Originally Posted June 8th, 2021; Last Updated June 21st, 2021
On June 17th, 2021, California’s Occupational Safety and Health Division (Cal/OSHA) announced the approval of final California COVID Workplace Regulations. Afterward, Governor Gavin Newson signed an Executive Order placing the regulations into effect immediately. Known as the ETS, Cal/OSHA created and updated versions of the temporary emergency standards throughout the COVID-19 pandemic. Previously, the CDC issued updated public health guidelines for vaccinated individuals.
Changes to the California COVID Workplace Regulations
Altogether, the final Revised ETS includes several changes from the original version. Those updates include:
- Firstly, fully vaccinated employees without symptoms do not need to be tested or quarantined after close contact with COVID-19 cases;
- Secondly, there are no face-covering requirements outdoors, regardless of employee vaccination status, except during an outbreak;
- Thirdly, employers can permit fully vaccinated* employees with documented vaccination status to forego face coverings indoors, except during an outbreak;
- Fourthly, employers cannot retaliate against workers for wearing face coverings, including when the worker is wearing a face-covering voluntarily;
Also, the final rule does not require physical distancing or barrier requirements regardless of employee vaccination status, except during an outbreak.
* ”Fully vaccinated” employees have received, minimally 14 days prior, either the second dose in a vaccine or a single-dose vaccine. Such vaccines must be either FDA-approved or have an FDA emergency use authorization. However, vaccines given outside the United States must be for emergency use by the World Health Organization. Significantly, an employee’s status as “fully vaccinated” must be documented by the employer. Thus, to take advantage of the new ETS, employers will need to request proof of vaccination from employees.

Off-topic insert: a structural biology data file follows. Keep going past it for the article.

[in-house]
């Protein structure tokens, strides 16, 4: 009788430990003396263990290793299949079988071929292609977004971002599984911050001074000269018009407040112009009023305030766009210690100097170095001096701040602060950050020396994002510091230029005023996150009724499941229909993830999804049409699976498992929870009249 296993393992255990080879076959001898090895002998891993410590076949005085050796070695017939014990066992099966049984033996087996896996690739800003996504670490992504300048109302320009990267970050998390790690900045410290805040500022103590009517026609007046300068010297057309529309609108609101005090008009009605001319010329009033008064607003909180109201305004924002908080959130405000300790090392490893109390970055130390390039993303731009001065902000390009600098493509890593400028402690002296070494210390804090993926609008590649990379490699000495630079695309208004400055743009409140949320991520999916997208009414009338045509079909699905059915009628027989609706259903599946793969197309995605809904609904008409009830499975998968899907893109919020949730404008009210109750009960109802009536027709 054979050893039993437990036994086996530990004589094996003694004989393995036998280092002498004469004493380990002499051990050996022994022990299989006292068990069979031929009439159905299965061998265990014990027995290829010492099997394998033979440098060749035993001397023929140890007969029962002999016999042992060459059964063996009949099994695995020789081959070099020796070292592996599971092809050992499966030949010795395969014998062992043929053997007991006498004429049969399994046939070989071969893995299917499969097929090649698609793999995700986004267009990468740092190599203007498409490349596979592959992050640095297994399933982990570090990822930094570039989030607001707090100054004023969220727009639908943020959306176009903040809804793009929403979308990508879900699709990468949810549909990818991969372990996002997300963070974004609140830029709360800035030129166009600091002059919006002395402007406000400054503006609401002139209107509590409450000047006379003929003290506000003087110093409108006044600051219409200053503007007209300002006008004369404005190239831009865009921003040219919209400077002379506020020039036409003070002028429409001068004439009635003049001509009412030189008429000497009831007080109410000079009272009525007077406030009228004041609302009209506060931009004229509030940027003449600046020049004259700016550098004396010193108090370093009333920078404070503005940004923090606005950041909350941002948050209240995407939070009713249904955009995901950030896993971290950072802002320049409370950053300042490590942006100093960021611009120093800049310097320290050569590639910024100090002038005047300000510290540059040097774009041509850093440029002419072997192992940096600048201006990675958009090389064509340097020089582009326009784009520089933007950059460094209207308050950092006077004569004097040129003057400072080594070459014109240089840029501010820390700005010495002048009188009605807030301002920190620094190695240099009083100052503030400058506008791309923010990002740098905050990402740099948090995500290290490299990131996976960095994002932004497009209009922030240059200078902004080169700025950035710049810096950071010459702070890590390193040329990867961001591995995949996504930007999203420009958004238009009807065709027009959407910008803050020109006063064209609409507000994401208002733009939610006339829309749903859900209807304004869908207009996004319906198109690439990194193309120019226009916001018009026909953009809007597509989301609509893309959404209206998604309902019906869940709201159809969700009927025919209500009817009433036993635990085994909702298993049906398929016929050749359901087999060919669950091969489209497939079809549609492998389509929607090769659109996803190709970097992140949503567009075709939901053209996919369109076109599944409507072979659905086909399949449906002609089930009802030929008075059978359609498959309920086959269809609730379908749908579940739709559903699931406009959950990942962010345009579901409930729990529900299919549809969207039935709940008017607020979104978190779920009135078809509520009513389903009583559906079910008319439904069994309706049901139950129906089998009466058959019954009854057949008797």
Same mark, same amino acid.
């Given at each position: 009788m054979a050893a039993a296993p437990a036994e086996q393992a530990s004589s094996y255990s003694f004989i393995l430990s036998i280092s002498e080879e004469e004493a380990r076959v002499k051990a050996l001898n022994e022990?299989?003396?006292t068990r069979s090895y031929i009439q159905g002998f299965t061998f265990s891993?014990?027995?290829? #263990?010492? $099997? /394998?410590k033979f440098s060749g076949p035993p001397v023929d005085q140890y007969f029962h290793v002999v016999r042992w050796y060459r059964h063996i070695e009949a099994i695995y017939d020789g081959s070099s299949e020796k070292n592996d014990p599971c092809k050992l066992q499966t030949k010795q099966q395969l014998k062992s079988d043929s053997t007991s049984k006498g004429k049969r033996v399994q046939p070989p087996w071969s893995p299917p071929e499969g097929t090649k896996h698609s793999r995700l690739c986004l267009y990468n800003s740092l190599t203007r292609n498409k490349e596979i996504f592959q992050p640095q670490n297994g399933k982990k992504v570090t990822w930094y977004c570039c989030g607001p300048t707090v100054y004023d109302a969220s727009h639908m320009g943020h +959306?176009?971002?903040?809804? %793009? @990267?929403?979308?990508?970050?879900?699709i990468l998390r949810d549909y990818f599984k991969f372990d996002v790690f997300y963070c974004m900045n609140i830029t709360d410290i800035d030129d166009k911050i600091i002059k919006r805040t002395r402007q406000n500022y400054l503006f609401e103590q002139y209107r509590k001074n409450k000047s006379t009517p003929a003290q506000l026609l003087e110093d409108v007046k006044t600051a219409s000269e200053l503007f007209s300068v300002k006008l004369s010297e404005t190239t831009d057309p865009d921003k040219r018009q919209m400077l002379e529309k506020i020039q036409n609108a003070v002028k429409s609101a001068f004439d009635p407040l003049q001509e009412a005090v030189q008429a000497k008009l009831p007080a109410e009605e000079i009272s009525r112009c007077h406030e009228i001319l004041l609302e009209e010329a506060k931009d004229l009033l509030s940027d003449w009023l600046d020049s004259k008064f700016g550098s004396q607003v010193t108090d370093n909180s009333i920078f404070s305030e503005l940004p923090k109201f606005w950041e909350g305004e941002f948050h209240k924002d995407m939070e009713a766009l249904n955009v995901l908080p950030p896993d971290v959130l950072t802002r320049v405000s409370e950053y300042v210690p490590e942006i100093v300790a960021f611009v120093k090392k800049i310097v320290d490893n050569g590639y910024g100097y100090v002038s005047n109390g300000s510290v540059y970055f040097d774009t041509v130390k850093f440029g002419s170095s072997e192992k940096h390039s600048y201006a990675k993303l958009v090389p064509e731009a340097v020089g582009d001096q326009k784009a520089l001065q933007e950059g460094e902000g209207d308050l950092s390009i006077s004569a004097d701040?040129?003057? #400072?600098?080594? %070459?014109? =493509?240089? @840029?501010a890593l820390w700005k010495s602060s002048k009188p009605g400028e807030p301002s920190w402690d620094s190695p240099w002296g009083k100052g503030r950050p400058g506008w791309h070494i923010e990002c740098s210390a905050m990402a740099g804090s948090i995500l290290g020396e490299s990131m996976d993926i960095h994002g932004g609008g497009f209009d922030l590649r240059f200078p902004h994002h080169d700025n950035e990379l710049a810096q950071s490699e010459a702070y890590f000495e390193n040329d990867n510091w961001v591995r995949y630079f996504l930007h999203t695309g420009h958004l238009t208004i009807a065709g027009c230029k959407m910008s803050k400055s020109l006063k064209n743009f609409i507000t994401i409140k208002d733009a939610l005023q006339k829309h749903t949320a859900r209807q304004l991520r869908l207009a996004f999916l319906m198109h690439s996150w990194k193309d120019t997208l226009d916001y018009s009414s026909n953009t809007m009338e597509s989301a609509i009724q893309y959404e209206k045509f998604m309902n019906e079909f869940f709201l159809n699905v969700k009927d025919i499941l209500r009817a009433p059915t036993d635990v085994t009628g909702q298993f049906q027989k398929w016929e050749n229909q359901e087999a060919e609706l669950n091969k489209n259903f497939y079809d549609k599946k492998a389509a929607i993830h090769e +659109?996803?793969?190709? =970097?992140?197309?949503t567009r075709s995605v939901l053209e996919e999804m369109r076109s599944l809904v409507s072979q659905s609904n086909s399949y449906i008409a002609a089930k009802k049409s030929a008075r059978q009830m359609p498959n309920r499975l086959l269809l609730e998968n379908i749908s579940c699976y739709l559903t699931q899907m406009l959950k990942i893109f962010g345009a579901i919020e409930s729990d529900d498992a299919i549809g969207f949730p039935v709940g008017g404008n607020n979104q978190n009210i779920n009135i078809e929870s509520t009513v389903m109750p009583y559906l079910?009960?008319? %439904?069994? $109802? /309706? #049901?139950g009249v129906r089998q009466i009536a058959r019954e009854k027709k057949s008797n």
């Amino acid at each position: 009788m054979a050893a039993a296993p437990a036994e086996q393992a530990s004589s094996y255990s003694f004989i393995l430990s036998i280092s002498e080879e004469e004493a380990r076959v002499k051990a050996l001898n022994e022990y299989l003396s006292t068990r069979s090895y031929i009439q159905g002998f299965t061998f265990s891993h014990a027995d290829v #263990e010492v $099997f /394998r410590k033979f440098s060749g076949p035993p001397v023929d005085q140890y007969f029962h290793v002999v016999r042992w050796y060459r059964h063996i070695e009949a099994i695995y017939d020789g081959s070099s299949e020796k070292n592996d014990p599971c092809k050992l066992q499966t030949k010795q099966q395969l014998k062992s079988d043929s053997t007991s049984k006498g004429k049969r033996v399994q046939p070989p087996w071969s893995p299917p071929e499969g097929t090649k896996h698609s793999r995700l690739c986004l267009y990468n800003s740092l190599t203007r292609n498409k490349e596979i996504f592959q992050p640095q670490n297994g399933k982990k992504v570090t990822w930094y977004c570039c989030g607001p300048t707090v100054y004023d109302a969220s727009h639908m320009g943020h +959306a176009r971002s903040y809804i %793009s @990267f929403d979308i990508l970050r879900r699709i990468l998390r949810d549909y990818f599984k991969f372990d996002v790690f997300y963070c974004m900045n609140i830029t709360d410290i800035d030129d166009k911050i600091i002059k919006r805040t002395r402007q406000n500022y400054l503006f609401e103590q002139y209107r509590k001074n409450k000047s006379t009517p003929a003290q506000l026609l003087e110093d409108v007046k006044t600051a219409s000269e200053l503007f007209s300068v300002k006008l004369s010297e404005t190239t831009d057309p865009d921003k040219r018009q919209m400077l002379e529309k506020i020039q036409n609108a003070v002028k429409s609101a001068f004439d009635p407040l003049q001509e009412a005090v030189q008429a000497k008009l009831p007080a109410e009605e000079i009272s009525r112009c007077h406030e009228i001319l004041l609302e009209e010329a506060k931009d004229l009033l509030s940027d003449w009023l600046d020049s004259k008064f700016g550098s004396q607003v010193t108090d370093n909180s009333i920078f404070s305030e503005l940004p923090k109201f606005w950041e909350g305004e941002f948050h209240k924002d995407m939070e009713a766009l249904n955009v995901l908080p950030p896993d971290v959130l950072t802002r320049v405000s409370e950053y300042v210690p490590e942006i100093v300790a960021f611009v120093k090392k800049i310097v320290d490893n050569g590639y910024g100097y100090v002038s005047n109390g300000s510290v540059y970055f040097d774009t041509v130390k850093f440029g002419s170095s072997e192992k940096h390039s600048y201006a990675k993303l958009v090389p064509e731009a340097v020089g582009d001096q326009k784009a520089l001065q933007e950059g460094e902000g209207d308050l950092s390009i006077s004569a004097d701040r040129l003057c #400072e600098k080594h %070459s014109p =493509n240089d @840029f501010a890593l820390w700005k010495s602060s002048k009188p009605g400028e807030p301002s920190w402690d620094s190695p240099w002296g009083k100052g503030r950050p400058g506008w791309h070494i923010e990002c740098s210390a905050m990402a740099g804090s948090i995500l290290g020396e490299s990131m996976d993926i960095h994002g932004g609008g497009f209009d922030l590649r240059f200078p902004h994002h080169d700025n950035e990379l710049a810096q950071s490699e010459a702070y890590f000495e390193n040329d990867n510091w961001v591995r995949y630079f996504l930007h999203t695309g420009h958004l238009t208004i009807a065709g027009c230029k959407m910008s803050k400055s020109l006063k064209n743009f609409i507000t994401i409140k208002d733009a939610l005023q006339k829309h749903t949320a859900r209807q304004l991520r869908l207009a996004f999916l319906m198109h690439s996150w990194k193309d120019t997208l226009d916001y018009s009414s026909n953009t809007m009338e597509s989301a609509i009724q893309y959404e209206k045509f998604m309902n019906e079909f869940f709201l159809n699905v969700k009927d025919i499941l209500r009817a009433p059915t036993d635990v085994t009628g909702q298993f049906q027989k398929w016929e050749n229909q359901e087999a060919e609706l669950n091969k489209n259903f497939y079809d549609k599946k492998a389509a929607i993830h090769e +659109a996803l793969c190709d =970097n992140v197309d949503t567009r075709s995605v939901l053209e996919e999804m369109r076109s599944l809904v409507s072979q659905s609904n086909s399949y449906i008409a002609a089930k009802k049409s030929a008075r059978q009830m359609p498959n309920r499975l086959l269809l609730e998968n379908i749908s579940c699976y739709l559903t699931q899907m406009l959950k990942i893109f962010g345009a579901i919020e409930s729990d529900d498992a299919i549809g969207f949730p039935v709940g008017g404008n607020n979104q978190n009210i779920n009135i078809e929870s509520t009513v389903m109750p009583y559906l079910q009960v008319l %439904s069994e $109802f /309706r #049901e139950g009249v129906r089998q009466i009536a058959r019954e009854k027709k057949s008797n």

Items Staying the Same in the California COVID Workplace Regulations
Finally, the following items are not changing in the Revised ETS. Employers still must:
- Maintain an effective written COVID-19 Prevention Program;
- Provide effective training and instruction to employees on the employer’s prevention plan and their rights under the Revised ETS;
- Remain mindful of federal, state, and local laws regarding anti-discrimination and reasonable accommodation;
- Provide notification to public health departments of outbreaks, and must still notify employees of exposure and close contacts;
- Follow the previous requirements for responding to COVID-19 outbreaks and offering testing after potential exposures;
- Realize that quarantine/exclusion pay is still in effect; and
- Employers should continue to monitor other guidance issued by county health officers, as such requirements may impose greater workplace obligations.
In conclusion, nothing in the Revised ETS prevents employers from implementing additional protective measures. For example, if an employer wants to continue using physical distancing and barriers, they can. However, all employers must continue to assess workplace hazards and implement effective controls to prevent disease transmission.